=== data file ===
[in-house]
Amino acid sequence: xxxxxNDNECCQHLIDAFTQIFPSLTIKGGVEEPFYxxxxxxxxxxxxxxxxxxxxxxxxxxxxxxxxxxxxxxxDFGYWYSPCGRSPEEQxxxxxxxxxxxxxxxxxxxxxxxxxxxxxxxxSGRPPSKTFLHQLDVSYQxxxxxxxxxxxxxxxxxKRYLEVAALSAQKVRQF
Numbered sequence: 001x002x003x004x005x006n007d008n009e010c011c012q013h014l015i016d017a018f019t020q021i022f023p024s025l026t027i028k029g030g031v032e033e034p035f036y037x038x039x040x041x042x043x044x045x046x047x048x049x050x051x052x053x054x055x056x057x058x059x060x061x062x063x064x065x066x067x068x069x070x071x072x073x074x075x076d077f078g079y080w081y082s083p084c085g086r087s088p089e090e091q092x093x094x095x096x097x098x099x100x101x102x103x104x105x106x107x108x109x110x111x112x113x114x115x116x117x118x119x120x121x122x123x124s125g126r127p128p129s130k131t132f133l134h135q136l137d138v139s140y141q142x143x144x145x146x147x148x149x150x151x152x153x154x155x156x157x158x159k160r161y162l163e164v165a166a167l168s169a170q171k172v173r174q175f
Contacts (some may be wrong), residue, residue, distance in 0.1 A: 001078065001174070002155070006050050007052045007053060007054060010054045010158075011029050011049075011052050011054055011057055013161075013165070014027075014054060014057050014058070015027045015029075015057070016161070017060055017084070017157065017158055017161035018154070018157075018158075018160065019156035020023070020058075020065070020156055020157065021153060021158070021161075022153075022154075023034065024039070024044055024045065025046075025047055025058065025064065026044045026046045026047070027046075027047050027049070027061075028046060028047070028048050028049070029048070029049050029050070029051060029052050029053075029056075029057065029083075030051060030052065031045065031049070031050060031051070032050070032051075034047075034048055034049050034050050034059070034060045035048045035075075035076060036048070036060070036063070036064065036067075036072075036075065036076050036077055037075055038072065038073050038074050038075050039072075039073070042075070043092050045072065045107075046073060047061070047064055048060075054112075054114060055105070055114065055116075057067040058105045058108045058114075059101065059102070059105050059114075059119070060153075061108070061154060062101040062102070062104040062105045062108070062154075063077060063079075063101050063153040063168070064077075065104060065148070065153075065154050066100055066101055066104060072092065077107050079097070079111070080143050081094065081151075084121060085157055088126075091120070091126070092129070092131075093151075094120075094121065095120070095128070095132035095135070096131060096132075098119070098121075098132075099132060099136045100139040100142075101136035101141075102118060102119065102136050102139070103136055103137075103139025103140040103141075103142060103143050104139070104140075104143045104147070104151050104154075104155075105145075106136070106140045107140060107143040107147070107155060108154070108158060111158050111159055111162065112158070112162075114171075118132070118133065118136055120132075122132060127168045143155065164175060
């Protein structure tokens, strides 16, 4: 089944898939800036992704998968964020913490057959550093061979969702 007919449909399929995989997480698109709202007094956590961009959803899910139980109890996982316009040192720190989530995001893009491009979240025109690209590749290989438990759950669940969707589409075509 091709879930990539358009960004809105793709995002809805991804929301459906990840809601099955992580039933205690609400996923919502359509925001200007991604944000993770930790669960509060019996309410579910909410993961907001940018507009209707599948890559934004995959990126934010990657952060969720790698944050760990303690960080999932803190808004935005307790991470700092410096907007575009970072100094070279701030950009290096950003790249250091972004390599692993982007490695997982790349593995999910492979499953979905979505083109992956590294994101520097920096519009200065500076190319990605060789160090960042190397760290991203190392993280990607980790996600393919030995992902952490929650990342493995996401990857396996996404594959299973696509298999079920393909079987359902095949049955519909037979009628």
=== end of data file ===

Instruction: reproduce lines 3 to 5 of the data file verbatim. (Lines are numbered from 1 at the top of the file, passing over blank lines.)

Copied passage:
Numbered sequence: 001x002x003x004x005x006n007d008n009e010c011c012q013h014l015i016d017a018f019t020q021i022f023p024s025l026t027i028k029g030g031v032e033e034p035f036y037x038x039x040x041x042x043x044x045x046x047x048x049x050x051x052x053x054x055x056x057x058x059x060x061x062x063x064x065x066x067x068x069x070x071x072x073x074x075x076d077f078g079y080w081y082s083p084c085g086r087s088p089e090e091q092x093x094x095x096x097x098x099x100x101x102x103x104x105x106x107x108x109x110x111x112x113x114x115x116x117x118x119x120x121x122x123x124s125g126r127p128p129s130k131t132f133l134h135q136l137d138v139s140y141q142x143x144x145x146x147x148x149x150x151x152x153x154x155x156x157x158x159k160r161y162l163e164v165a166a167l168s169a170q171k172v173r174q175f
Contacts (some may be wrong), residue, residue, distance in 0.1 A: 001078065001174070002155070006050050007052045007053060007054060010054045010158075011029050011049075011052050011054055011057055013161075013165070014027075014054060014057050014058070015027045015029075015057070016161070017060055017084070017157065017158055017161035018154070018157075018158075018160065019156035020023070020058075020065070020156055020157065021153060021158070021161075022153075022154075023034065024039070024044055024045065025046075025047055025058065025064065026044045026046045026047070027046075027047050027049070027061075028046060028047070028048050028049070029048070029049050029050070029051060029052050029053075029056075029057065029083075030051060030052065031045065031049070031050060031051070032050070032051075034047075034048055034049050034050050034059070034060045035048045035075075035076060036048070036060070036063070036064065036067075036072075036075065036076050036077055037075055038072065038073050038074050038075050039072075039073070042075070043092050045072065045107075046073060047061070047064055048060075054112075054114060055105070055114065055116075057067040058105045058108045058114075059101065059102070059105050059114075059119070060153075061108070061154060062101040062102070062104040062105045062108070062154075063077060063079075063101050063153040063168070064077075065104060065148070065153075065154050066100055066101055066104060072092065077107050079097070079111070080143050081094065081151075084121060085157055088126075091120070091126070092129070092131075093151075094120075094121065095120070095128070095132035095135070096131060096132075098119070098121075098132075099132060099136045100139040100142075101136035101141075102118060102119065102136050102139070103136055103137075103139025103140040103141075103142060103143050104139070104140075104143045104147070104151050104154075104155075105145075106136070106140045107140060107143040107147070107155060108154070108158060111158050111159055111162065112158070112162075114171075118132070118133065118136055120132075122132060127168045143155065164175060
């Protein structure tokens, strides 16, 4: 089944898939800036992704998968964020913490057959550093061979969702 007919449909399929995989997480698109709202007094956590961009959803899910139980109890996982316009040192720190989530995001893009491009979240025109690209590749290989438990759950669940969707589409075509 091709879930990539358009960004809105793709995002809805991804929301459906990840809601099955992580039933205690609400996923919502359509925001200007991604944000993770930790669960509060019996309410579910909410993961907001940018507009209707599948890559934004995959990126934010990657952060969720790698944050760990303690960080999932803190808004935005307790991470700092410096907007575009970072100094070279701030950009290096950003790249250091972004390599692993982007490695997982790349593995999910492979499953979905979505083109992956590294994101520097920096519009200065500076190319990605060789160090960042190397760290991203190392993280990607980790996600393919030995992902952490929650990342493995996401990857396996996404594959299973696509298999079920393909079987359902095949049955519909037979009628």